A few years ago Kapil Bansal was taking a walk whistling to his heart's content, when a police constable stopped him and told him to stop “this uncivilised behaviour”. But on Sunday, when Kapil whistled ‘Chinna mani kuyile' through the mike, the packed hall of audience applauded in appreciation. Like Kapil, many whistling enthusiasts took their turns to pay a tribute to playback singer S. P. Balasubrahmanyam by whistling their favourite tunes sung by the playback singer at a programme organised by the Indian Whistlers' Association, Chennai Chapter here on Sunday.
As Kapil reached the end of his performance Shwetha Suresh standing in the corner of her stage took deep breaths as she geared up to perform ‘Vandal Mahalakshmiyae'. “Oh! This is one of my favourite songs,” remarked V. Azhagiri who seemed to be relishing the performance. The crisp and perfectly modulated renditions kept the enthusiastic audience tapping their foot to all the tunes throughout the performance.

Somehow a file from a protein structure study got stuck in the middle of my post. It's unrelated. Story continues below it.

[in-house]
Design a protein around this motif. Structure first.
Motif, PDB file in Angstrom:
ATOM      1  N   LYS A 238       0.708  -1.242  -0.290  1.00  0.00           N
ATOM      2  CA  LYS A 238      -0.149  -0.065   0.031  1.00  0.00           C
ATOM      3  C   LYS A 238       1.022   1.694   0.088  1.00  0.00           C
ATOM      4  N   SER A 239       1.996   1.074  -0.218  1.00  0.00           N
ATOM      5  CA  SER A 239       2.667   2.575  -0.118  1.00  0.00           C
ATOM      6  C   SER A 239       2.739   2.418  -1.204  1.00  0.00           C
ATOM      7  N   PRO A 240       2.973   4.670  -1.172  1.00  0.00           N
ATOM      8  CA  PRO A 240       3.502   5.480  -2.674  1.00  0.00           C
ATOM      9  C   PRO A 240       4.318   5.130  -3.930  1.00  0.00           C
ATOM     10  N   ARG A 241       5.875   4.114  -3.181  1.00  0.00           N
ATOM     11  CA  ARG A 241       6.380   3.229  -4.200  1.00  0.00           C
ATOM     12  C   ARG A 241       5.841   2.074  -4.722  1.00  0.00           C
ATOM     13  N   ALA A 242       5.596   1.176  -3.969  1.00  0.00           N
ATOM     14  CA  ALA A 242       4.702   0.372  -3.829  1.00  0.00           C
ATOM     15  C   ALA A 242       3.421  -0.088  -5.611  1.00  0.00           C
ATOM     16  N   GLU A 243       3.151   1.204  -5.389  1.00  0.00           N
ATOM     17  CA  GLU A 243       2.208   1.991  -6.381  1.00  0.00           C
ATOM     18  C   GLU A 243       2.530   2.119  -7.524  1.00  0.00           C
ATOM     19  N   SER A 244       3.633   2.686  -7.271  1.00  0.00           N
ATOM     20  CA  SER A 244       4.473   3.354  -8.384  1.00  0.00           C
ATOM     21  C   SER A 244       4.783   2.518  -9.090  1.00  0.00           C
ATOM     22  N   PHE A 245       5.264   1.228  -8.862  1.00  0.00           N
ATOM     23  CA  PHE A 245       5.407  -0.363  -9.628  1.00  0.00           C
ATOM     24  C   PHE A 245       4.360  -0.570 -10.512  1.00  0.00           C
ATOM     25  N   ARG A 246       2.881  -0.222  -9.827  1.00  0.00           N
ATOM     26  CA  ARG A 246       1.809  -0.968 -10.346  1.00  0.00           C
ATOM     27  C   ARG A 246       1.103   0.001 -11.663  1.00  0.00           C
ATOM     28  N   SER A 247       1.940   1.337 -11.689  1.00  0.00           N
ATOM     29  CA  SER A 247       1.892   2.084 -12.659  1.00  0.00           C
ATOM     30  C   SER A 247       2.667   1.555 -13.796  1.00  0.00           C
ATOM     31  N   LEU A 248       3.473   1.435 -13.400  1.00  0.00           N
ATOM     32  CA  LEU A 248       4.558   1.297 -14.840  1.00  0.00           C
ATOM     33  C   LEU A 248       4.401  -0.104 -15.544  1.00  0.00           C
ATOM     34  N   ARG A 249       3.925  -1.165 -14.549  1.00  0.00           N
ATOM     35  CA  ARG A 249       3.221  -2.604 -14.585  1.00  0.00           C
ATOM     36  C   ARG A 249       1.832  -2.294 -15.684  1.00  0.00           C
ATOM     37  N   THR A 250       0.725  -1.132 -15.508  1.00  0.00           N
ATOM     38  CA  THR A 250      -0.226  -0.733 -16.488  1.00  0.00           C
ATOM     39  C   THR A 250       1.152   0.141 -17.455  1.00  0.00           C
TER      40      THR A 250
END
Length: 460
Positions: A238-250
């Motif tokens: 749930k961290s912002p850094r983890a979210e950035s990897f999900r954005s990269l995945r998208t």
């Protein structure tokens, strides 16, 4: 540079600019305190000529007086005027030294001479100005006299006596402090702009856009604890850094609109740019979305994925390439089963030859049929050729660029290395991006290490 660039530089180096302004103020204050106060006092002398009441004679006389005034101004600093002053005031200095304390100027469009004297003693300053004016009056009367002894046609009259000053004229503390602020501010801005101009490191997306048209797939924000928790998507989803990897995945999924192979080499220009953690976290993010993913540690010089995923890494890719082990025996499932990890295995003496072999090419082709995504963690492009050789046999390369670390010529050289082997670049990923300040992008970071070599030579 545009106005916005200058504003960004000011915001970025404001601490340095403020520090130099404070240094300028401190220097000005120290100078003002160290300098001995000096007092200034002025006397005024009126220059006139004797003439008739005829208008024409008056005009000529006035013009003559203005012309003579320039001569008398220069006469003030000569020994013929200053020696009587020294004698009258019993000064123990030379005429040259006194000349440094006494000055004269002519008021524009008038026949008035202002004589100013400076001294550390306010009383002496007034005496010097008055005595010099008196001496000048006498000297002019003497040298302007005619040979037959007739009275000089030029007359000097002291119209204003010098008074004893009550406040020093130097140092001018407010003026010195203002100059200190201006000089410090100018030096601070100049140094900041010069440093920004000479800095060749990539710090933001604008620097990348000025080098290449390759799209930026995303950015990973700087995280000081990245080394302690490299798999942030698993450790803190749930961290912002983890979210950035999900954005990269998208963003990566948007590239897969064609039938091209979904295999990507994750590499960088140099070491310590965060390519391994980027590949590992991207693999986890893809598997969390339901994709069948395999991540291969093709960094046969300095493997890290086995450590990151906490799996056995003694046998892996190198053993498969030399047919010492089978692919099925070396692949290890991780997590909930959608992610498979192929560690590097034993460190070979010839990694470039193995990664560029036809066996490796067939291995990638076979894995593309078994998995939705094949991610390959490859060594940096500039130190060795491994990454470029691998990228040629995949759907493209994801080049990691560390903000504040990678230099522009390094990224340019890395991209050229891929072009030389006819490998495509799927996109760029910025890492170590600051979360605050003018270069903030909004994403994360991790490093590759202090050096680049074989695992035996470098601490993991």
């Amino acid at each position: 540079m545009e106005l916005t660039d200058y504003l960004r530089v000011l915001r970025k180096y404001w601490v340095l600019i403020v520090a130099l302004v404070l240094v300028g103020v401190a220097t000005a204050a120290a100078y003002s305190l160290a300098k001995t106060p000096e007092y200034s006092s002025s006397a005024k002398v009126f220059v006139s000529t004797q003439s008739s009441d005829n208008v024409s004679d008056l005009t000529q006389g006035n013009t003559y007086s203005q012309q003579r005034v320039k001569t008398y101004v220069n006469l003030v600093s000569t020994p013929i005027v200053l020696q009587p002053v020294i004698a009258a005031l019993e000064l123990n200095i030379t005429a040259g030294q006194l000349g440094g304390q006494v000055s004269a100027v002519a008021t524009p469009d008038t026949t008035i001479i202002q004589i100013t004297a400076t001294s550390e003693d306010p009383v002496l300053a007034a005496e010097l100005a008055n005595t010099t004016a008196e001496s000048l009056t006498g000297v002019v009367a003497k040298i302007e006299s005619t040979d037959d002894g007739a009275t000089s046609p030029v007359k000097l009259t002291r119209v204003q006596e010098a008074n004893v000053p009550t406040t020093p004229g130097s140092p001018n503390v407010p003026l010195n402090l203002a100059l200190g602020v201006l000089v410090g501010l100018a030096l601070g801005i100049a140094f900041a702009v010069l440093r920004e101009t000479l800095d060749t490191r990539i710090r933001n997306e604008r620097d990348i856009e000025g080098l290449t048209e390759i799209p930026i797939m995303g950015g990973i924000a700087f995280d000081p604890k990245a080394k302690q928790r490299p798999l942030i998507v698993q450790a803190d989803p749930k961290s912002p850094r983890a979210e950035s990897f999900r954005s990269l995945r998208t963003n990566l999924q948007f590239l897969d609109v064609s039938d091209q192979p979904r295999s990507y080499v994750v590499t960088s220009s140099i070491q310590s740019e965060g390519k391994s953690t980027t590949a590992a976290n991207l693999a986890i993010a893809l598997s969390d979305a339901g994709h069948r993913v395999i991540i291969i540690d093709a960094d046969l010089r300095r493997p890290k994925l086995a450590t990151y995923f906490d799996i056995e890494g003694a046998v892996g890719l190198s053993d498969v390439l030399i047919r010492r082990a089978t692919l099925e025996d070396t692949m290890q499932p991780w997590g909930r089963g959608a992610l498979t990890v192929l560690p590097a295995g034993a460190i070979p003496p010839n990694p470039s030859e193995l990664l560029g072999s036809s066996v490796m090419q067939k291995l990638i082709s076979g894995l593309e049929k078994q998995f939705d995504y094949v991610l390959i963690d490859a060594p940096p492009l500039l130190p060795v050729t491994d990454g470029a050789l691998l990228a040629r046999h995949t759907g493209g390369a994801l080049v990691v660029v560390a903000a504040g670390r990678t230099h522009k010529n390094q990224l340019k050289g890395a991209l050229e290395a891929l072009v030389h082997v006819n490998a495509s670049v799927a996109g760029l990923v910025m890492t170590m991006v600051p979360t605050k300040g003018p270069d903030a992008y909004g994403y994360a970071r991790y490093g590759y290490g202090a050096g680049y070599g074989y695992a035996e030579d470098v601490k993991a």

But for most of the performers, such recognition is usually quite rare. For those in their 60s, memories remain afresh of how their parents often hushed and admonished them at the mere attempt to whistle a tune. “Sometimes, even convincing people to attend these programmes is difficult, since it is still considered a taboo. But whistling need to be recognised as a professional art form,” says Dhivya Soundari, a member of the IWA.
The SPB hits that have been often rendered by male singers were whistled by the women. “It can no longer be considered a Romeo act as women are equally good whistlers,” said the compere for the night who introduced the youngest whistler in the group, 14-year-old Pooja Chandrasekhar. A patron of the association actor Y. Gee Mahendra whistled a tune and was honoured at the event by S.P. Shailaja.